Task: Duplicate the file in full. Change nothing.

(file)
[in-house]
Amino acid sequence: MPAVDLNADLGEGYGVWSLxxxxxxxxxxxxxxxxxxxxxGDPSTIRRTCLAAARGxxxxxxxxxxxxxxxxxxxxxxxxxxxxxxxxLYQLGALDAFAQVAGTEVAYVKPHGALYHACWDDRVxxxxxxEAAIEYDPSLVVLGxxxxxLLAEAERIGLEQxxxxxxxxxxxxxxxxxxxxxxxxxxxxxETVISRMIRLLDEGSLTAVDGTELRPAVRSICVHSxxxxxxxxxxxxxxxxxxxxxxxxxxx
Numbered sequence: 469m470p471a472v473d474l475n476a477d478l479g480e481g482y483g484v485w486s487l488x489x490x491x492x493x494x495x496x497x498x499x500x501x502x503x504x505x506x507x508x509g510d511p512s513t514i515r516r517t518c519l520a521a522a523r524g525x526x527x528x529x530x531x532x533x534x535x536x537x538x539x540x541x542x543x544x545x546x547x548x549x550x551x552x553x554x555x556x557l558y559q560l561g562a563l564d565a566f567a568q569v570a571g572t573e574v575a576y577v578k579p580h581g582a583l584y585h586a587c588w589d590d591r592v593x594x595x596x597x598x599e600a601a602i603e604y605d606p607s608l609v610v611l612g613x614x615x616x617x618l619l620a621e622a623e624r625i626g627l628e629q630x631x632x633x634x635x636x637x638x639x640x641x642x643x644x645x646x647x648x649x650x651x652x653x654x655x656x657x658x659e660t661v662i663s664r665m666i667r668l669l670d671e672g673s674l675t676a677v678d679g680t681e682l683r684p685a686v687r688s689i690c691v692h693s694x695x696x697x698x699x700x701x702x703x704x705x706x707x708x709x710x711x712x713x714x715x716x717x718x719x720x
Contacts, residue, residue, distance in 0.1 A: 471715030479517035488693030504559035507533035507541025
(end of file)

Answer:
[in-house]
Amino acid sequence: MPAVDLNADLGEGYGVWSLxxxxxxxxxxxxxxxxxxxxxGDPSTIRRTCLAAARGxxxxxxxxxxxxxxxxxxxxxxxxxxxxxxxxLYQLGALDAFAQVAGTEVAYVKPHGALYHACWDDRVxxxxxxEAAIEYDPSLVVLGxxxxxLLAEAERIGLEQxxxxxxxxxxxxxxxxxxxxxxxxxxxxxETVISRMIRLLDEGSLTAVDGTELRPAVRSICVHSxxxxxxxxxxxxxxxxxxxxxxxxxxx
Numbered sequence: 469m470p471a472v473d474l475n476a477d478l479g480e481g482y483g484v485w486s487l488x489x490x491x492x493x494x495x496x497x498x499x500x501x502x503x504x505x506x507x508x509g510d511p512s513t514i515r516r517t518c519l520a521a522a523r524g525x526x527x528x529x530x531x532x533x534x535x536x537x538x539x540x541x542x543x544x545x546x547x548x549x550x551x552x553x554x555x556x557l558y559q560l561g562a563l564d565a566f567a568q569v570a571g572t573e574v575a576y577v578k579p580h581g582a583l584y585h586a587c588w589d590d591r592v593x594x595x596x597x598x599e600a601a602i603e604y605d606p607s608l609v610v611l612g613x614x615x616x617x618l619l620a621e622a623e624r625i626g627l628e629q630x631x632x633x634x635x636x637x638x639x640x641x642x643x644x645x646x647x648x649x650x651x652x653x654x655x656x657x658x659e660t661v662i663s664r665m666i667r668l669l670d671e672g673s674l675t676a677v678d679g680t681e682l683r684p685a686v687r688s689i690c691v692h693s694x695x696x697x698x699x700x701x702x703x704x705x706x707x708x709x710x711x712x713x714x715x716x717x718x719x720x
Contacts, residue, residue, distance in 0.1 A: 471715030479517035488693030504559035507533035507541025